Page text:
I emailed my Eclipse friend and historian, Louis, explaining the situation to see what he had to say. He replied back with the photo diagram above showing me one his Speedways that had a crack in the very same exact location where mine broke. This was somewhat of a relief I guess you could say because the breakage was not something particular to mine. It would appear that this could be a weak spot on the these machines. Nevertheless, it does not however explain how the shaft got bent on mine. One theory was that a wheel may have come into contact with something at some point in its life (like a wall) instantly locking it up but I don't see how that could bend the shaft due to an open diff. Anyway, the crack is repaired and the shaft it now straightened so both pieces are repaired.



Since it was going to be apart, I decided in my usual way to do some other improvements and enhancements to it at the same time.

Here's the run down:



  • Lengthen yoke on handle
The handle on the Speedway sits very low even at the highest notch because it's meant primarily for riding behind. It's sort of reversed thinking, but when you raise the cutting height the mower and bed knife sort of pivot making the handle lower when use raise it and vice versa. Since I have the cutting height nearly set all the way up it means the handle sits even lower. The problem was that the handle nearly rested right on my knees which was uncomfortable riding on the sulky and further, I like to sometimes walk behind it too but I'd have to reach down really far to control it which was just as uncomfortable. As a temporary solution, I had used a couple little brackets to extend it up but it was really only temporary. The right fix was to weld an extension onto the yoke with like material so that it could be raised up a little more on a lower mounting hole. I had an extension of 1.75" welded onto it.



  • Degrease, Buff and Polish!

There were some areas that were still greasy where I couldn't get to before like behind the wheels.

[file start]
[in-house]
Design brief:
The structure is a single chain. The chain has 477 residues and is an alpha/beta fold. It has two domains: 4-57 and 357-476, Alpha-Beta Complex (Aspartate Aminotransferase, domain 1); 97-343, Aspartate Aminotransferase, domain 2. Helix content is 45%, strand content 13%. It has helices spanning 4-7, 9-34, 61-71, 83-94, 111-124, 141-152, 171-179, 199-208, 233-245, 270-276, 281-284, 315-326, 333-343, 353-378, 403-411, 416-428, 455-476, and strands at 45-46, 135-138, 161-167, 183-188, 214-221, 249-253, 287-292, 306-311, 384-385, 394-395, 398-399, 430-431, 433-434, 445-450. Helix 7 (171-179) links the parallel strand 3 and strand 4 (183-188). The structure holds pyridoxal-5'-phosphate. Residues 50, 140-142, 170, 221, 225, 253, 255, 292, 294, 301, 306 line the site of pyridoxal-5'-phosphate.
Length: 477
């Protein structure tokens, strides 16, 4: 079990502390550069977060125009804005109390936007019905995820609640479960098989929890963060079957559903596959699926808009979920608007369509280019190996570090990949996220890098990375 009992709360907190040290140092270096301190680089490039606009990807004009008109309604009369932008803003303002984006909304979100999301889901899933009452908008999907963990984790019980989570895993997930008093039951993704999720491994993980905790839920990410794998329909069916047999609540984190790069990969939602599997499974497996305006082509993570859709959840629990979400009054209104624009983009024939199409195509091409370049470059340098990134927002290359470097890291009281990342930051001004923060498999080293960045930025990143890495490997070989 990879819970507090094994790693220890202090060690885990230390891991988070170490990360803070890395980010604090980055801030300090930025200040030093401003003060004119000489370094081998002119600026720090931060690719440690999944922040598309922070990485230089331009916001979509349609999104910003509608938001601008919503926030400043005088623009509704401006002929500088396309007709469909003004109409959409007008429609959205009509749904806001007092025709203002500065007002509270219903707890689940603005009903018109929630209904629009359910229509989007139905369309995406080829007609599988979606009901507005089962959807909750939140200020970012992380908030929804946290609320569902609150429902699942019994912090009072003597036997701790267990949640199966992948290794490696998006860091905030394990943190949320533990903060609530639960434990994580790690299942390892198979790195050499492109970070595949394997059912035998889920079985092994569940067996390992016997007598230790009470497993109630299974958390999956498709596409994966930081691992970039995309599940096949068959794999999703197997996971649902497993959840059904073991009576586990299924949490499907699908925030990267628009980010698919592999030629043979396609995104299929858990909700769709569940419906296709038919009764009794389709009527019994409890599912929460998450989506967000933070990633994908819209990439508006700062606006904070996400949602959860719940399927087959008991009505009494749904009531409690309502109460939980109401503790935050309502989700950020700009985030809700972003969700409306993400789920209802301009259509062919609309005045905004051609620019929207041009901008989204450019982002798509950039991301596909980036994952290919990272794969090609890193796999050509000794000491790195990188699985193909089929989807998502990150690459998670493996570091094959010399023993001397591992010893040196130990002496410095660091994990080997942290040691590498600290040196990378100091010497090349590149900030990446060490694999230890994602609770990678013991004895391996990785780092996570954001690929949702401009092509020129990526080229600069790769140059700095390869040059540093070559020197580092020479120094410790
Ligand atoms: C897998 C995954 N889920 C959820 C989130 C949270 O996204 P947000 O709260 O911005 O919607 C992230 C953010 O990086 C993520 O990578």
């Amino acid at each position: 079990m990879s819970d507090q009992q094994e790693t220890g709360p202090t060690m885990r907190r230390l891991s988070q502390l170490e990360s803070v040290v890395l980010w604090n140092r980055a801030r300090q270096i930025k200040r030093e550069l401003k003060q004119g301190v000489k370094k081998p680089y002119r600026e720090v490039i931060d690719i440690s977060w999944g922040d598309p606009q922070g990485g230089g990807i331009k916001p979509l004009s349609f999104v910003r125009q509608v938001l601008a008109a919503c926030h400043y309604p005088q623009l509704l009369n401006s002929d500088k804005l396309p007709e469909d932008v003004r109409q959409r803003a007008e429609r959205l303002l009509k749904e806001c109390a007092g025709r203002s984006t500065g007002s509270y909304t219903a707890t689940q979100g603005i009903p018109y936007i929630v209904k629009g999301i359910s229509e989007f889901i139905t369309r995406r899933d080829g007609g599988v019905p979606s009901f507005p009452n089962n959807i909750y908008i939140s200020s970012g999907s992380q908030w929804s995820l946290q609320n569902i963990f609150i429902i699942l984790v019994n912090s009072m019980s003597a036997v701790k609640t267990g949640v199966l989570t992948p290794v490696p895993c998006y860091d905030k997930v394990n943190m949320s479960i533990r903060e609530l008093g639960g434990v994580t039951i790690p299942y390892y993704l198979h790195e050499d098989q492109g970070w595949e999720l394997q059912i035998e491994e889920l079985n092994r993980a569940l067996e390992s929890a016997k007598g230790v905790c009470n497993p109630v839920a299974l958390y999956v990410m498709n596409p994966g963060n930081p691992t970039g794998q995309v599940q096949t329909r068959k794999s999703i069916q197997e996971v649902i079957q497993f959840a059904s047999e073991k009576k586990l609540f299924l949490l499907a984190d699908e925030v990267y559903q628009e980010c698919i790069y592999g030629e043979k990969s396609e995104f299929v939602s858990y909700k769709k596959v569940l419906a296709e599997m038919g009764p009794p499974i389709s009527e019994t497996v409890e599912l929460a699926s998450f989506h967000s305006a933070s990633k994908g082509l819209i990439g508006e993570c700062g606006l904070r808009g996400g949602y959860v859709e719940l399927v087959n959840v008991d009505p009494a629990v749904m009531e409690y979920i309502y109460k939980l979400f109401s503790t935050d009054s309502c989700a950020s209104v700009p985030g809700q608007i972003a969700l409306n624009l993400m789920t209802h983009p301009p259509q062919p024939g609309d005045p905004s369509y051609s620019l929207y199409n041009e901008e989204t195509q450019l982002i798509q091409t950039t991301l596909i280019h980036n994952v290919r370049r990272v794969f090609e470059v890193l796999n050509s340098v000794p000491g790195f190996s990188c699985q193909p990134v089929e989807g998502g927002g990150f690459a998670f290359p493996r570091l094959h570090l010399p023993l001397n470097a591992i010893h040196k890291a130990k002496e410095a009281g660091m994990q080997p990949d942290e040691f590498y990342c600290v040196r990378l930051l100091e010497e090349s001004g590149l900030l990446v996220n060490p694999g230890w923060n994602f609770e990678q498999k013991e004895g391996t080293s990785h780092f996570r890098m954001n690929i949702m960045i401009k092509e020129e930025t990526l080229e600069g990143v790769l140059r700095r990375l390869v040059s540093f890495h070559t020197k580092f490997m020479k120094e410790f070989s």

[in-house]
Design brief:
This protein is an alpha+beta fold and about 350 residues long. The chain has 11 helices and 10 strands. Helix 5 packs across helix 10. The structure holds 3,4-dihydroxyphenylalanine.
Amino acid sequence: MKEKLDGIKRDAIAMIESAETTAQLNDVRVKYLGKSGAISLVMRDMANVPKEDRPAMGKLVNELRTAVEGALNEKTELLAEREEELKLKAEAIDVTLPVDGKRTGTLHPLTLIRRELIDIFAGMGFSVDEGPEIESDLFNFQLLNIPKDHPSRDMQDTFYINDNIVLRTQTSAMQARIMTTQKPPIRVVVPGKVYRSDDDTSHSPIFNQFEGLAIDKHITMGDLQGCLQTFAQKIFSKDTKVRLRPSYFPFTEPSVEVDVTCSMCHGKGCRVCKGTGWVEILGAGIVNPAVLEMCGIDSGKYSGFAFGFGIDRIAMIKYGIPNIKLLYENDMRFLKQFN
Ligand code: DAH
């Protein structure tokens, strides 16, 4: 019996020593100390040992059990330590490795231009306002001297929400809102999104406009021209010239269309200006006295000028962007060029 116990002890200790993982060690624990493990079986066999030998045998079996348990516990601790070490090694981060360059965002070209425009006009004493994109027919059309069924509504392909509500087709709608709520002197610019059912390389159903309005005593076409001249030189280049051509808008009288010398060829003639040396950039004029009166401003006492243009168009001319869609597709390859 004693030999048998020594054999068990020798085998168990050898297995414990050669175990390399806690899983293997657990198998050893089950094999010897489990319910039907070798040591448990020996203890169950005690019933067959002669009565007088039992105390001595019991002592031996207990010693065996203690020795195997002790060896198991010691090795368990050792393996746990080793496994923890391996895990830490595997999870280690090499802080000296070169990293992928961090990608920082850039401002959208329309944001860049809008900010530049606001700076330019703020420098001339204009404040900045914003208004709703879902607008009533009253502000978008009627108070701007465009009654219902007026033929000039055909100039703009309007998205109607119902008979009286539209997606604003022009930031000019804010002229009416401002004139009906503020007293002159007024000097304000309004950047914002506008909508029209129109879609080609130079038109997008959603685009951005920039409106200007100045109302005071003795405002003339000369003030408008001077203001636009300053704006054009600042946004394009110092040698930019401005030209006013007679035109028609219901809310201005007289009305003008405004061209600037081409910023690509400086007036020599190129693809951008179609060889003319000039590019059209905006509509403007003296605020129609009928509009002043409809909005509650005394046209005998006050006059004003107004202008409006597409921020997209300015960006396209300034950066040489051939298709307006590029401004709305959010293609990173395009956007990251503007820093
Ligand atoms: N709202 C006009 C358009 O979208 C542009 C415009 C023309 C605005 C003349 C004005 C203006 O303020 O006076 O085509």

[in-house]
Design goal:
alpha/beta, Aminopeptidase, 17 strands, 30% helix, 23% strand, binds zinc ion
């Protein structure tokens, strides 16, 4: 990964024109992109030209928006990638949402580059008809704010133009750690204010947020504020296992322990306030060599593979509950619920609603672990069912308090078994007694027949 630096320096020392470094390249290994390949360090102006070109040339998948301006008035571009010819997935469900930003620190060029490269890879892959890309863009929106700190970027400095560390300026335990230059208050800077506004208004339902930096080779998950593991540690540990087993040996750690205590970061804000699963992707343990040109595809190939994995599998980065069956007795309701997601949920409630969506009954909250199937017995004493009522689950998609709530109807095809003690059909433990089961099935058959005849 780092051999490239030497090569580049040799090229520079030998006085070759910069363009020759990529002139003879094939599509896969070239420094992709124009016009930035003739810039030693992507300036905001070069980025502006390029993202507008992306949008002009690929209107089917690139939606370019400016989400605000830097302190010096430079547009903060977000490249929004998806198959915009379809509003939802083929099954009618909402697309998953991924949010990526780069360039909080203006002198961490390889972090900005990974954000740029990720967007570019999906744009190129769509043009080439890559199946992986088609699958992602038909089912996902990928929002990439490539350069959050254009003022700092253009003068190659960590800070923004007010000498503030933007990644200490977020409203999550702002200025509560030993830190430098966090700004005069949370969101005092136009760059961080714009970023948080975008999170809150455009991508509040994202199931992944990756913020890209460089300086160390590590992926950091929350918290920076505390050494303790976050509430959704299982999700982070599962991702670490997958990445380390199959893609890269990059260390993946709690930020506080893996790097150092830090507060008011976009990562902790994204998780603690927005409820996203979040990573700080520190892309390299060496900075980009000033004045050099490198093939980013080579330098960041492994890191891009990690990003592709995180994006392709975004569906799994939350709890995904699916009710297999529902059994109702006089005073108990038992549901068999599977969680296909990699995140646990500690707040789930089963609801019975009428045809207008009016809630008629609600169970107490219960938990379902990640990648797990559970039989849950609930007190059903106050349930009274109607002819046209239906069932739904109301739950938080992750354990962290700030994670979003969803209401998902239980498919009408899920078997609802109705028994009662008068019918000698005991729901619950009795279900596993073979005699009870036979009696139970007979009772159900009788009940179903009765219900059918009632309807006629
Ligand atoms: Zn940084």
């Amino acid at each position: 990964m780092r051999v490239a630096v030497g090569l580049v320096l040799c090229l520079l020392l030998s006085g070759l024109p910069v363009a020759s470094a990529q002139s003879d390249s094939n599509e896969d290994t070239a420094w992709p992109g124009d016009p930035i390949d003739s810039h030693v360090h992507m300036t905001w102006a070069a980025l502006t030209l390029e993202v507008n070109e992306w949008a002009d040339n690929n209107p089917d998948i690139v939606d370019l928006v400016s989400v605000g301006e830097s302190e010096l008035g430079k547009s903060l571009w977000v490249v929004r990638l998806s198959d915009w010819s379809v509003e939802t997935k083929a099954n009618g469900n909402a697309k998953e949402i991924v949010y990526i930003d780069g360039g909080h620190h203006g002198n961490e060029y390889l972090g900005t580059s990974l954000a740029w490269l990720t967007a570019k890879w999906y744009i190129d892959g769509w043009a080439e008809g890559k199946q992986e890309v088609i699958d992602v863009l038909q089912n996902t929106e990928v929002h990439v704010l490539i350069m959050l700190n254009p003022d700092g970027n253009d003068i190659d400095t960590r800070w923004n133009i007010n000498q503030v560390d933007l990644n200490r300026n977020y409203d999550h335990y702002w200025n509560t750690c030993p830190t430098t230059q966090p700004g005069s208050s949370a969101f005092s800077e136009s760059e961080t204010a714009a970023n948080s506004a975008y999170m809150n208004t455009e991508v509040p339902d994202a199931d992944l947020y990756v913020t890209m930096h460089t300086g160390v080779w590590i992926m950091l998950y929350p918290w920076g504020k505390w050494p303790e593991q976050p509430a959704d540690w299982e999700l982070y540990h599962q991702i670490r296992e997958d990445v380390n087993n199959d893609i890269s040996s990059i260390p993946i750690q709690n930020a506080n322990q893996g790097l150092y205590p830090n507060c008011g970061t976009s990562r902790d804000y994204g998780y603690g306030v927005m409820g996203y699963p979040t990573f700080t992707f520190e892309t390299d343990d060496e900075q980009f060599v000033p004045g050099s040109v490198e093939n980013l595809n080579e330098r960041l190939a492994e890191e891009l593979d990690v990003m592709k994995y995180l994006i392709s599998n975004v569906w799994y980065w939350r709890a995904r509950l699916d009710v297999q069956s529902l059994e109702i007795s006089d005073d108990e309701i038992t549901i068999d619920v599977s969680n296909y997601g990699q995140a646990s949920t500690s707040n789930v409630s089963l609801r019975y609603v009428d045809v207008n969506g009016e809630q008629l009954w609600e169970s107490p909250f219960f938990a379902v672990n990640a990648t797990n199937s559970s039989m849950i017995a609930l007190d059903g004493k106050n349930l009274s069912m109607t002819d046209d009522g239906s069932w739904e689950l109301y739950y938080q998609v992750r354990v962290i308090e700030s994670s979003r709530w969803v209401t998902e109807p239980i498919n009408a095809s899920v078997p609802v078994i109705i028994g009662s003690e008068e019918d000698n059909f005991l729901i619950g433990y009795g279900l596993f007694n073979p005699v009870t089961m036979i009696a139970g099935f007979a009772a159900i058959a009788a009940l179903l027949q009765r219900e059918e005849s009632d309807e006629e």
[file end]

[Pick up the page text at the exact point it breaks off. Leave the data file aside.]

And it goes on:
• Straighten Waves on Rim Edges

The rims had a few spots where they had come into contact with surfaces creating some waves. The edges of the rims are actually quite exposed because the factory tires themselves are skinny and aren't wide enough to overlap to the edges of the rims so it's something you to have to keep in mind while maneuvering it around obstacles. I took the rims down to a professional wheel repair shop where they straightened the bends and gave the lips a light resurfacing all the way around. Much better.

  • New Inner Tubes in Drive Wheels



  • Caster Wheel Bearing Replacements
When working on something vintage it's not uncommon to find projects snowballing into things you weren't expecting to have to get into. When I took the caster wheel off I found it was stiff and didn't want to roll without effort. With the new bearings, it's a night and day difference in the way it turns.



  • New Grass Clipping Flaps
The replica ones I had made before were out of some of this cruddy plastic-type rubber that were not very good as they had very little give to them and lost their shape immediately after the caster wheel swiveled around them once. These ones are real rubber and stay straight and a don't lose their shape by the swivel of the caster.



  • Recreate the Timken Bearing Decal Using "Click it and Stick it"
I thought it might be fun to have this one recreated. They did an excellent job right down to the dimensions!



  • New Series ID Decal/Tag and Stamp in Series Number "1403"
I had found a stamp set in the garage which was pretty cool so I was able to stamp the original series number on the replacement tag.

  • New "Eclipse" Decal
Admittedly, this decal placement is not original to the mower. When I had purchased one of these to add to the back of the sulky, the seller included a second one for free and after looking at some of the dead space in this area, I thought it might look kind of sharp there so I threw it on for fun. I think it works.

  • Install proper heat range spark plug
The engine had a stumble before when you'd rev it up quickly. I attributed it to the common 14R6 coil issue. It turned the auto parts store gave me a spark plug that was two heat ranges colder when I first got the mower and did the initial tune "up" (which was more of a tune "down" considering the outcome). With the proper heat range plug, it throttles up like a champ now and runs awesome. Until the coil dies, I'll keep the original, otherwise there's no question a new coil would've made the list of improvements here.

  • Replace Sediment Bowl Gasket
The original cork gasket was slowly crumbling away and mixing in with the fuel.

  • Change Fluids

  • Adjust Reel and Clutches While Apart













The next best place to mow when you don't have any more grass to cut is at business parks. :tango_face_glasses:
 

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Glad you were able to find someone to make the main welding repair on it! :ThumbUp: Also agree was a good time to catch the other odds and ends while it was apart. Looks like it all turned out great! :tango_face_glasses:
 

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Nice work Austen! Glad you fixed her right, now go on some burns!
 
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Discussion Starter #53
Thanks guys.